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SciTech #ScienceSunday Digest - Week 19 of 2012
A Top 10 selection of the scientific and technological advances that I discovered this week.

1. Quantifiably Curious Quantum Curiosities
More support for Quantum Entanglement and its utility was achieved with a Chinese team teleporting photons - or rather their information states - nearly 100km; long dreamed-of applications for satellite communications and cryptography may be in reach. But, perhaps more importantly, some physicists claim to have proven that quantum wavefunctions are real, and not merely statistical, entities, which is incompatitble with conventional quantum mechanics, but in line with the views of the great Schrodinger (a hero of mine at nearly the same level as Einstein). However, my confirmation bias is buzzing, because it is also in line with my own thinking on “quantum reality” . . . which is something I might summarise and throw out here for the solicitation of criticism some time. Finally, this week we had physicists storing short movies in clouds of Rubidium gas, and it seems the jury is still out on quantum biology

2. Problems Continue to be Solved for Tissue Engineering
On engineering functional and effective human cartilage, new teeth, and noses, ears, & windpipes We all know that we’ll have replacement organs as needed in the future, but advances like this are just great - we really are designing, engineering, and making functional human tissues. In this area, and others, the progress seems indomitable as we bring the future into the present.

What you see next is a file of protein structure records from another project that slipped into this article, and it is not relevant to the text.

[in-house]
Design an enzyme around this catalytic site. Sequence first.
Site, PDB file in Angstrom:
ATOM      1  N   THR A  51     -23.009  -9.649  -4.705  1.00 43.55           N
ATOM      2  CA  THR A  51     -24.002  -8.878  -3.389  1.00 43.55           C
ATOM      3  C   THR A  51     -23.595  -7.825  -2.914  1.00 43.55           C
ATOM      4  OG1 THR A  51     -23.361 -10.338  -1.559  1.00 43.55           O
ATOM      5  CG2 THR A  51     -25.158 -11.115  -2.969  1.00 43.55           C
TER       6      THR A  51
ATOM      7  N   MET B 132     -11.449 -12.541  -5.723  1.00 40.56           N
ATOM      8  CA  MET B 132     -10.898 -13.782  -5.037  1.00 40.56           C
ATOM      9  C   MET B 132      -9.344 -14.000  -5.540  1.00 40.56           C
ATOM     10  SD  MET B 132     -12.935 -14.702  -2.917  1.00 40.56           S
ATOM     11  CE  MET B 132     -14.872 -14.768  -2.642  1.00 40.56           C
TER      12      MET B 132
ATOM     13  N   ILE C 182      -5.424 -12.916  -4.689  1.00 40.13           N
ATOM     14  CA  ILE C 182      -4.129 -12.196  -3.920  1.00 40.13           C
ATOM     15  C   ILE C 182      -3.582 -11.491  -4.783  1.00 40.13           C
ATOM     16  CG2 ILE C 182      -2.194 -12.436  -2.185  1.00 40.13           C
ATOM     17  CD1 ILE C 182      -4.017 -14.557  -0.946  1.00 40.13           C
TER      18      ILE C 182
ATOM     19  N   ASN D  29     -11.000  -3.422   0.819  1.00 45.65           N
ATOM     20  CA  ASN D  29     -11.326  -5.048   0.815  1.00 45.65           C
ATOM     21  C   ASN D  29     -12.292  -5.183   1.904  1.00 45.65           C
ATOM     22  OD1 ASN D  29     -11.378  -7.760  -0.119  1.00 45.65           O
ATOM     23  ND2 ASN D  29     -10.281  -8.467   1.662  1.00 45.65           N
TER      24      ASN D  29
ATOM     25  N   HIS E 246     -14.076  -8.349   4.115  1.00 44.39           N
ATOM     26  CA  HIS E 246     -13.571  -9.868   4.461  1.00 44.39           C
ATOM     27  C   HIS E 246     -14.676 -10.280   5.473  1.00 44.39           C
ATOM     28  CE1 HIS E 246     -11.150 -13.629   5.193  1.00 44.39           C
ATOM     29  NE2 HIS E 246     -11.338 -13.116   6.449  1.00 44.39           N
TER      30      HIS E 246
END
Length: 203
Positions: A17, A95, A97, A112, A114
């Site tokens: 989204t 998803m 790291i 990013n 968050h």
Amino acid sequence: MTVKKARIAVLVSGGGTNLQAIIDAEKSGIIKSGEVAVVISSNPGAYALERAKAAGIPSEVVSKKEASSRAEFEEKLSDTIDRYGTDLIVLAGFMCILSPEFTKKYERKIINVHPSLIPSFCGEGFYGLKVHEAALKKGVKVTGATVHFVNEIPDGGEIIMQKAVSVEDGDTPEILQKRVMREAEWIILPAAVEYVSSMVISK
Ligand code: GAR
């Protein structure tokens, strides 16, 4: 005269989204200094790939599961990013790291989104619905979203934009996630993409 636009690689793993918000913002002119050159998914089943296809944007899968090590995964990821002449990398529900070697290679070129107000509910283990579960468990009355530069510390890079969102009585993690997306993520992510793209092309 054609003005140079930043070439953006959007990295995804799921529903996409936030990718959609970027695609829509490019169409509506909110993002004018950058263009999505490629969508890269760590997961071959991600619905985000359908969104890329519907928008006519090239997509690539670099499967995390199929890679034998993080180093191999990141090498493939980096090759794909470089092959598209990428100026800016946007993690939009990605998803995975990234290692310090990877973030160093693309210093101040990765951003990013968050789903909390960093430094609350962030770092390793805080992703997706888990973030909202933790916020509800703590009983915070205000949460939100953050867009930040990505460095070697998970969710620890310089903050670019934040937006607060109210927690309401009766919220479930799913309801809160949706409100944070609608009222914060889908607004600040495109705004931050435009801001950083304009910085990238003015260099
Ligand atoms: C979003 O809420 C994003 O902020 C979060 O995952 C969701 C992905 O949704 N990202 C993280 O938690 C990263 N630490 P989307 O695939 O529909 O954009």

3. The Choroid Plexus & Neuronal Rebooting
This week I learned for the first time about the Choroid Plexus, a structure in the brain that acts as a filter for cerebrospinal fluid and is particularly effective at clearing beta-amyloid protein from the brain; turns out that its function declines with age and so boosting function is a plausible strategy for preserving brain function and preventing brain diseases such as Alzehimers. Meanwhile, a viral gene therapy targeting neurons has been used to reboot protein production in the brains of animals and succeeded in reversing the dementias they were suffering from

4. More Automated Brain Mapping
This robotic, automated brain mapping system uses a micropipette to find (but not damage) individual neurons within a living, active, conscious brain, and then insert a tiny electrical probe to record the neuron’s electrical activity and also, if desired, extract a sample of the cell’s genetic makeup Multi-tip probes are in the works. While this sounds cool, it almost sounds innocuous in a way. But imagine that simple little term “multi-tip” being extended significantly, to “multi-billion”, and then ponder being hooked up to a system that inserts 10s, possibly 100s of billions of probes into your brain to simultaneously record the activity and connections of every one of your neurons (yes, I’m aware that is a horrendously complex, “seemingly” impossible undertaking). But the end result of the development of tools like these is mind-uploading, make no mistake.